When friends Tim and Karen Watson first joined my wife, Penny, and me at the Old Tamarack deer shack for some snowshoeing fun in March 2006, we didn’t assume we were launching a winter tradition.
After all, none of us owned the shack or the 40 acres it controls. Old T’s longtime owner is my friend Tom Heberlein, who—for all we knew—would return that spring, find some blemish we inflicted on his property, and forever bar us from returning.
But as Penny and I hauled our gear into the shack in late January, I noted that this visit marked the 10th anniversary of our first winter getaway. Yes, the shack still lacked electricity, running water and central heat, but Heberlein hadn’t changed the locks and he wasn’t charging rent, so we didn’t nitpick. Besides, while the shack had undergone some remodeling the past decade, we had suffered some rust and wear.
Each of our trips has been unique. Although we strapped on snowshoes for every visit but one—a mid-March trip in 2012 that muddied our pants in a premature spring—we’ve always found different trails, day-trips and friendly locals to provide fresh entertainment.
Those trips included a long trek west of Clam Lake to search for elk; two journeys to the Bayfield Peninsula to admire Lake Superior’s ice caves, one from above and one at eye level; a snowshoeing jaunt along bluffs overlooking the Bad River in Copper Falls State Park with then superintendent Ben Bergey; and several daylong snowshoeing hikes north, south, east and west into the National Forest surrounding Heberlein’s property.
One thing we never tried, however, was ice-fishing. This always puzzled Watson and me, because the shack is near some great fishing waters, Penny and Karen didn’t oppose the idea, and Watson has enough drills and tackle to put each of us at the state’s three-line limit. Yet we always had other plans.
But that was before Penny and I met John and Brenda Maier back in October. By day, John Maier is a marketing instructor at Northeast Wisconsin Technical College in Green Bay. By weekend, he and his wife run the True North Guiding and Outfitters service from Boulder Lodge on Ghost Lake west of Clam Lake.
As Penny and I learned in mid-October, the Maiers pride themselves on taking people off the beaten path to fish seldom-visited lakes and rivers in northwestern Wisconsin. When the Maiers heard we liked snowshoeing and had never ice-fished their area, they volunteered to take us and the Watsons on foot to a lake they had long wanted to explore.
And so it was that we met the Maiers at their cabin near Clam Lake during our recent trip. After they loaded their truck with sleds and packs crammed with food, cooking gear and ice-fishing tackle, we climbed back into the Watsons’ truck and followed the Maiers up, down, sideways and seemingly in circles to a trailhead about 20 minutes away.
John had fished our intended lake the previous week with a friend, so we trusted his information when he pointed to the trail and said, “It’s 1.3 miles to the lake.”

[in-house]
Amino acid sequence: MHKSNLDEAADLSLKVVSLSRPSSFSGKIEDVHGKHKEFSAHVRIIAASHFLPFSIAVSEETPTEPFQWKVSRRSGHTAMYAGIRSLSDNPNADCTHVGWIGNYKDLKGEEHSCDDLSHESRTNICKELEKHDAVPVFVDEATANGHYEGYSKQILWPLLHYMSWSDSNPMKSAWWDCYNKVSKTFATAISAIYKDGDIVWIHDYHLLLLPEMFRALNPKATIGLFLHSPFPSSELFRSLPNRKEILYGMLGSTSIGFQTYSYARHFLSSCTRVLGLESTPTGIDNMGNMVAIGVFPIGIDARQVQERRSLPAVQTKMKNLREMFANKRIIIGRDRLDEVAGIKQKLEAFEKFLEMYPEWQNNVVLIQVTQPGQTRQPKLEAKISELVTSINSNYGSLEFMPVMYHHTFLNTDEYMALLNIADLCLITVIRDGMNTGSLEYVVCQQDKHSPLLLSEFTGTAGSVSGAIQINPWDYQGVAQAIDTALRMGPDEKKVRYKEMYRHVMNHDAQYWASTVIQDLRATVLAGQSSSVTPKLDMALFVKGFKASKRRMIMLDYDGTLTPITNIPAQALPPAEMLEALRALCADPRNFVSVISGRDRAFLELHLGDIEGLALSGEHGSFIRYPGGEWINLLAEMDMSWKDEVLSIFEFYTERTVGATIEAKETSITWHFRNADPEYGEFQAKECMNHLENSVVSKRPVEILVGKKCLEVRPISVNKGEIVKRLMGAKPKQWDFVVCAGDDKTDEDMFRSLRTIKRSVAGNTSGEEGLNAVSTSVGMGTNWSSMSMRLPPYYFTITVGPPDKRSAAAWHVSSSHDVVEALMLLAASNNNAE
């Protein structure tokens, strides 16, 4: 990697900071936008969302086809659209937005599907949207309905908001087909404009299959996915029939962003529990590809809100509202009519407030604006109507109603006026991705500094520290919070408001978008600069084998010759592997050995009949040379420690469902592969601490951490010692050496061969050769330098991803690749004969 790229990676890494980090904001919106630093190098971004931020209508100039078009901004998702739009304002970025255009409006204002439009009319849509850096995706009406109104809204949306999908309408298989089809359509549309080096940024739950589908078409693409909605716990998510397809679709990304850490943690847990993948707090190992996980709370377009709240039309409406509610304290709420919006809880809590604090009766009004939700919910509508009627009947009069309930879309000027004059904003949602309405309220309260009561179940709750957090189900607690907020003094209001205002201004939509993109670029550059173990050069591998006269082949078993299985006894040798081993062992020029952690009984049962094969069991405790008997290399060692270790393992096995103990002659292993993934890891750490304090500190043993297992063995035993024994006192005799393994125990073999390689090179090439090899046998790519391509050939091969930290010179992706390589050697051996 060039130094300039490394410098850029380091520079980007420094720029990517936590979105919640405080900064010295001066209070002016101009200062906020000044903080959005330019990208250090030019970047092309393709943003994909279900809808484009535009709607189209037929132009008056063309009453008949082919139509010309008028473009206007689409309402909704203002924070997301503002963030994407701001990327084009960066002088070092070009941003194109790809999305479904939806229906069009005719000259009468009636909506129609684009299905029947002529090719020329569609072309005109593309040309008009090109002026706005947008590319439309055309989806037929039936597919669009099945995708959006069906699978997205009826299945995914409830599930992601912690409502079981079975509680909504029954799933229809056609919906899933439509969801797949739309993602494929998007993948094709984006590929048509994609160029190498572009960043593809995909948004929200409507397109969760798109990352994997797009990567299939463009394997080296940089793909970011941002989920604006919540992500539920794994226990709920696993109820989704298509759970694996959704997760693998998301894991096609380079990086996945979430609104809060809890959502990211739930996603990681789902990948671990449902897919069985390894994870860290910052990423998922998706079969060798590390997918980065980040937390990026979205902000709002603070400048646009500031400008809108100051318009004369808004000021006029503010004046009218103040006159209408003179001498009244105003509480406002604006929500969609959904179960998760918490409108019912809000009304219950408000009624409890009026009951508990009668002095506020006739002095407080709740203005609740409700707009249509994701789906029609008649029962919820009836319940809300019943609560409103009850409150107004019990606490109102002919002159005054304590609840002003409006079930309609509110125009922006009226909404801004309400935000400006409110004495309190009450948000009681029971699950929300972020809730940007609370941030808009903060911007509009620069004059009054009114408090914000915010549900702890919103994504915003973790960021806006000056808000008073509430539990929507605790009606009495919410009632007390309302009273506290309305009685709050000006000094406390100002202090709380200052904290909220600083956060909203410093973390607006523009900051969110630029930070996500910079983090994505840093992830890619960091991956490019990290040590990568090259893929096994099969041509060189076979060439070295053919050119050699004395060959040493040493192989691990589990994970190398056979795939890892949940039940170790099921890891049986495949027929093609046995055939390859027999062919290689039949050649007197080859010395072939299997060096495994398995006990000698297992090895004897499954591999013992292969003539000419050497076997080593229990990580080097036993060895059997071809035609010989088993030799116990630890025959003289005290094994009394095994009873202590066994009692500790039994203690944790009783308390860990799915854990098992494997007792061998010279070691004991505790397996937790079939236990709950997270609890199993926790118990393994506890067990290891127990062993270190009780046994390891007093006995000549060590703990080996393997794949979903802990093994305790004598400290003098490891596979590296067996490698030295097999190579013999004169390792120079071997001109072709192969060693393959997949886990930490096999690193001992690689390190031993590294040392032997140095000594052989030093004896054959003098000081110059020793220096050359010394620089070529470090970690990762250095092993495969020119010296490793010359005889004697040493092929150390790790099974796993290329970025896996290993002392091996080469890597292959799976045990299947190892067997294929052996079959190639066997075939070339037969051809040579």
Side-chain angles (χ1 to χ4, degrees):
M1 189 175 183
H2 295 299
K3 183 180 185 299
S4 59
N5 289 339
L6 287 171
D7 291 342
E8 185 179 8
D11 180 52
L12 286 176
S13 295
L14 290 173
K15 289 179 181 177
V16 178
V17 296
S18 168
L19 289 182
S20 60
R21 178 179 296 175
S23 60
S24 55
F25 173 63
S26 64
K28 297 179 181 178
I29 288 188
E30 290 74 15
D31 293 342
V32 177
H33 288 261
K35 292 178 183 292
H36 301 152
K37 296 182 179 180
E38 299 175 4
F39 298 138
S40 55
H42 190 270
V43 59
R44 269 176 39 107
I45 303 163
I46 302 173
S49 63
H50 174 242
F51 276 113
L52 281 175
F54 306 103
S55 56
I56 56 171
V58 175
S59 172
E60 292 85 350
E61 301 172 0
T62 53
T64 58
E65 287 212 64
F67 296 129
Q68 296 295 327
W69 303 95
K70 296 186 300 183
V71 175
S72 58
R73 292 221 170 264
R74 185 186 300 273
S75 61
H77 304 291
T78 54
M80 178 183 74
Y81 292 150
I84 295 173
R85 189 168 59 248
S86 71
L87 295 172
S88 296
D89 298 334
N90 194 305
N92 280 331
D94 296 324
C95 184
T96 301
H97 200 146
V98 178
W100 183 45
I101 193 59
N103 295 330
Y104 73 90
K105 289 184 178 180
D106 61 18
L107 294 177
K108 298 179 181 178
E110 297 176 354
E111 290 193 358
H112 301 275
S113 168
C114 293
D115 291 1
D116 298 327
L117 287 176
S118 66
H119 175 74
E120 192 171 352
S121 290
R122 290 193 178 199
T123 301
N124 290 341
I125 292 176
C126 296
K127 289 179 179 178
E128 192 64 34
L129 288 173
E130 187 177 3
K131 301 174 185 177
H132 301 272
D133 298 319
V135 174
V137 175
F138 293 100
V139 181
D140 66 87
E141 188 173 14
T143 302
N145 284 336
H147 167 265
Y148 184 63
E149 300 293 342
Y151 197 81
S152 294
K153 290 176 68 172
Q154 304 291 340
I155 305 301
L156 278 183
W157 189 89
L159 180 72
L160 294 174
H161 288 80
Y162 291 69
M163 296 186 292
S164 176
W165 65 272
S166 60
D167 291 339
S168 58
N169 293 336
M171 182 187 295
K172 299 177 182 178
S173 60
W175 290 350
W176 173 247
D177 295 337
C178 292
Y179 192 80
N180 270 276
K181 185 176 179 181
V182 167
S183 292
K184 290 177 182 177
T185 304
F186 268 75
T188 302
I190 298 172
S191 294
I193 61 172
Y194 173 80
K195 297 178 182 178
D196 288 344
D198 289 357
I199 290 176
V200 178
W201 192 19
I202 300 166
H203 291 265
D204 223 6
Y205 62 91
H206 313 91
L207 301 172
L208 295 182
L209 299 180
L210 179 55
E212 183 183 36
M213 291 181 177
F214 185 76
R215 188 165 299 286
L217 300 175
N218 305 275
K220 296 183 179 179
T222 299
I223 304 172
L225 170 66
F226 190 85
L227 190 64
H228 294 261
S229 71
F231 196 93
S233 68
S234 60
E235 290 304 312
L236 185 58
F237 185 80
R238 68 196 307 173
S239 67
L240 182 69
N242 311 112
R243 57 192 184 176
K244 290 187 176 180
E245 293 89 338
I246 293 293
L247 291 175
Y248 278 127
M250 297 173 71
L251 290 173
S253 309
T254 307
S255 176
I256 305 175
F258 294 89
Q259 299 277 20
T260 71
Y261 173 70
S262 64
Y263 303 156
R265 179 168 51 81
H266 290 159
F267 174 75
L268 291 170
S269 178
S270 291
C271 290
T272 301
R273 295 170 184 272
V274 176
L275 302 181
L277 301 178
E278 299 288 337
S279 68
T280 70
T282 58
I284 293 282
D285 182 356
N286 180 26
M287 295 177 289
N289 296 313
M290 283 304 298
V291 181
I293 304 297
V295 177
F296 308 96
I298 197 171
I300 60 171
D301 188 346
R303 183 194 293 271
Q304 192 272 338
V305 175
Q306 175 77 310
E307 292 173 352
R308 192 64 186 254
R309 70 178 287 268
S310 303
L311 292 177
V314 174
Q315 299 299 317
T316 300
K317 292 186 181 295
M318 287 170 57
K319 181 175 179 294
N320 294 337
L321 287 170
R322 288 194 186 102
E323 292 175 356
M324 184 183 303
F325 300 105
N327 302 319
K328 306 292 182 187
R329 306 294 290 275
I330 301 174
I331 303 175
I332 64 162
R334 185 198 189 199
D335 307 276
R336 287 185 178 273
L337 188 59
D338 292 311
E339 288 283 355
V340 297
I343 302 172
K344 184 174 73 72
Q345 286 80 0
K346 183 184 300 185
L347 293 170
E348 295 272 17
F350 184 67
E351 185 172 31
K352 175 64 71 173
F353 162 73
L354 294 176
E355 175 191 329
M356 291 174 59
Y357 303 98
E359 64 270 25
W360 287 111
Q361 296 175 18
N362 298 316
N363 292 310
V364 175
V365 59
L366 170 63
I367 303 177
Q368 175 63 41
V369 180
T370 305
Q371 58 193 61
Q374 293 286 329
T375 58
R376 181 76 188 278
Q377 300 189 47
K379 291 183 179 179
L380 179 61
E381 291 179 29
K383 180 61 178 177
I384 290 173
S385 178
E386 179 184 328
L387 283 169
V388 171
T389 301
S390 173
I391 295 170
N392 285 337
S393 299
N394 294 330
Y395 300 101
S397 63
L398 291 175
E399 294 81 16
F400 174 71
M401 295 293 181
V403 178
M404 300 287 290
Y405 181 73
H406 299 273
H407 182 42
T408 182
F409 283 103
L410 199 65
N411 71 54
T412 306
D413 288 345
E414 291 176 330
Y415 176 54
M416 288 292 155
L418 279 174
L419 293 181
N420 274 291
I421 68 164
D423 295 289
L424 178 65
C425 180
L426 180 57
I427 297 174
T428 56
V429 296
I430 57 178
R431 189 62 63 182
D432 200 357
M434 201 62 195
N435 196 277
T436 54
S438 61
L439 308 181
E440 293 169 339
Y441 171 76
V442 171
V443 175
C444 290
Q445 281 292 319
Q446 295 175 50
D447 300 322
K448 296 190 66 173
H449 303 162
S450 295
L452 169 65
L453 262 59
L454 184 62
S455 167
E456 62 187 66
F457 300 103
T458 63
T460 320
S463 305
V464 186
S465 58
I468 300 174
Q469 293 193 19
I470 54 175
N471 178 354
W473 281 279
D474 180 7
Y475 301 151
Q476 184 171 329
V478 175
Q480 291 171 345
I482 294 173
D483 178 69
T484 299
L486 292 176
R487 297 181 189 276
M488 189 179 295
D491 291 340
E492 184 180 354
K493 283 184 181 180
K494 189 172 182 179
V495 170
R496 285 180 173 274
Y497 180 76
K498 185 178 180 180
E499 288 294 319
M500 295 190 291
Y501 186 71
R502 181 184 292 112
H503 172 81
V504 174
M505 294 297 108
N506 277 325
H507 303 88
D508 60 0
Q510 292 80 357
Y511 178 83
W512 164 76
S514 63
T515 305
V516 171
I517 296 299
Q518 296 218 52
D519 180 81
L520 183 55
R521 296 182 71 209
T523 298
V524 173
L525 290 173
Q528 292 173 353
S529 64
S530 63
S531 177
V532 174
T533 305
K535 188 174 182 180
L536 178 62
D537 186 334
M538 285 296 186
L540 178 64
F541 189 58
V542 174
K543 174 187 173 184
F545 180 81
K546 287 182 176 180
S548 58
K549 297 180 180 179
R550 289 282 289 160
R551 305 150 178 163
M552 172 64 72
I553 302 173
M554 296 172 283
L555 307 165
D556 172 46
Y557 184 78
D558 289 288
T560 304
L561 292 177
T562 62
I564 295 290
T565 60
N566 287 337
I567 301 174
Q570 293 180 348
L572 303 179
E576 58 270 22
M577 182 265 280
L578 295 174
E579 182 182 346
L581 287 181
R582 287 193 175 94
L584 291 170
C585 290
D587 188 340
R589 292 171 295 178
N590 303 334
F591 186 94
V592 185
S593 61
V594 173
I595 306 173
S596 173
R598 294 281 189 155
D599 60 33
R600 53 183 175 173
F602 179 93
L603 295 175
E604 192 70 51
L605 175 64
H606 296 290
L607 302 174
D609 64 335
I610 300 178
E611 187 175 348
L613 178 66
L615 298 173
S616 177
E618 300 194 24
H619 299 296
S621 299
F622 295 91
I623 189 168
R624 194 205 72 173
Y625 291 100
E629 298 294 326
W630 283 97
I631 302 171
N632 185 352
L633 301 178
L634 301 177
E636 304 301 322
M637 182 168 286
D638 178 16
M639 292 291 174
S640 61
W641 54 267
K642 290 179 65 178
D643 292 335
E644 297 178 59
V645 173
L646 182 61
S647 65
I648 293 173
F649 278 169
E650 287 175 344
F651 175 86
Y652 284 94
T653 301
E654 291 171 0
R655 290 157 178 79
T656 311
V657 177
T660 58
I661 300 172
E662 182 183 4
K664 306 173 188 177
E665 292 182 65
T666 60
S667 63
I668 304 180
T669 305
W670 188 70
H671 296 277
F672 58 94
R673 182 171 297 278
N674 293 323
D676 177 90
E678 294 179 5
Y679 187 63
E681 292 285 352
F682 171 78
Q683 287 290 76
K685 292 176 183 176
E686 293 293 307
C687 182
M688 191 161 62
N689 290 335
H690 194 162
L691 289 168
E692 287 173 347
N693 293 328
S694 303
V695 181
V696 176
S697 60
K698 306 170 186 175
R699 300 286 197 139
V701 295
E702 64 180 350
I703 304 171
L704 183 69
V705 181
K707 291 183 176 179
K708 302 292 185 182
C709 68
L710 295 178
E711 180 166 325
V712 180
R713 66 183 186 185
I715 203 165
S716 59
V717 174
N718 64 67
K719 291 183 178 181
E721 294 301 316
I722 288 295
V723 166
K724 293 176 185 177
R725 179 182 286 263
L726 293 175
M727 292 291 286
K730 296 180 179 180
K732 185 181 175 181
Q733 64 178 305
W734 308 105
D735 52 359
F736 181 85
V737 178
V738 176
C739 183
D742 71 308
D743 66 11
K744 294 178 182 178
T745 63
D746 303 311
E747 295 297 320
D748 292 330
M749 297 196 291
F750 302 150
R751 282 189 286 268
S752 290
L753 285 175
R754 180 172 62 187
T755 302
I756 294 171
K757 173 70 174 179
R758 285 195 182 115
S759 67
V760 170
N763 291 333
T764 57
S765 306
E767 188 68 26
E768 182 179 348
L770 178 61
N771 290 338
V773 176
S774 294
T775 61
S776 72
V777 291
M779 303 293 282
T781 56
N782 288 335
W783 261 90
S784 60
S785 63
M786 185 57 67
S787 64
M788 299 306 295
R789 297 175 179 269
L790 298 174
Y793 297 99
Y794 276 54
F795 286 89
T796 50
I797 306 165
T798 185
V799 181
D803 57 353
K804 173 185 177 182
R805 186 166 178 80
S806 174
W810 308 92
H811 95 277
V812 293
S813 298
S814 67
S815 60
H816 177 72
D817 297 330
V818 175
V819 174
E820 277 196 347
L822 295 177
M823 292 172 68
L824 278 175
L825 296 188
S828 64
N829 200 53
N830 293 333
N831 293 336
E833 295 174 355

Accurate distances matter when you’re humping a backpack or pretending you’re a sled dog. I mean, who hasn’t gone on a “short hike” that someone guessed was “a quarter-mile or so,” only to find yourself slogging, swearing and sweating 45 minutes later? Did you misunderstand, miss a turn or just get misled by an optimist?
The Maiers are too conscientious for such nonsense. Besides, they and Watson were probably carrying the heaviest packs and tugging the largest loads, so they’d suffer more than the rest of us if we stumbled down the wrong path—or if we followed some wolf tracks for no good purpose.
As it turned out, we cut fresh tracks in the overnight snow about 20 minutes into our hike, and easily identified them as a wolf’s. The tracks came down a small hill, intersected the trail, and then followed the path toward the distant lake. The wolf eventually took a fork to the lake’s far end, while we stayed on the trail to John’s fishing spot from the previous week.
We didn’t bother verifying the quoted distance, but 1.3 miles seemed about right. Once we reached the lake’s far side and took cover from westerly winds behind a wooded peninsula, Watson and I cut and cleared fishing holes while John rigged tip-ups for northern pike, and tip-downs for crappies and bluegills. Meanwhile, Penny and Karen gathered firewood, and Brenda set up our fire pit and cook site. If all went as planned, Brenda would cook us a shore-lunch of pike and panfish.
The fish, however, had other plans. Although John helped Penny land her first pike through the ice, that was all we had when noon came and went. Not long after, Karen landed our second pike after chasing a few false alarms and missed hook-ups.
Meanwhile, Watson and I left the lee shore to jig for panfish in scattered holes we cut farther out in 10 feet of water. Once there, Watson set me up with an electronic fish-finder, reminded me how to interpret its flashing lights, and left me to my bait-grubs and jigging pole. Although we hop-scotched hole to hole for most of the afternoon, we caught less than a handful of bluegills, all too small to eat.
We didn’t starve, however. For lunch, Brenda fired up her portable stove and grilled sandwiches of sour-dough bread and aged white cheddar. And for a late-day snack, John filleted our two pike and cut them into bite-sized frying pieces so we could hike back on full stomachs.
We then pulled our lines, folded our chairs, stowed our gear, and hiked back to the trucks before dark.
Although that trek seemed a bit longer than the walk in, we didn’t blame our snowshoes or question John’s mileage. This was a day well-spent, and a meal well-earned awaited us at the Chippewa Tavern in Clam Lake.
Images courtesy Patrick Durkin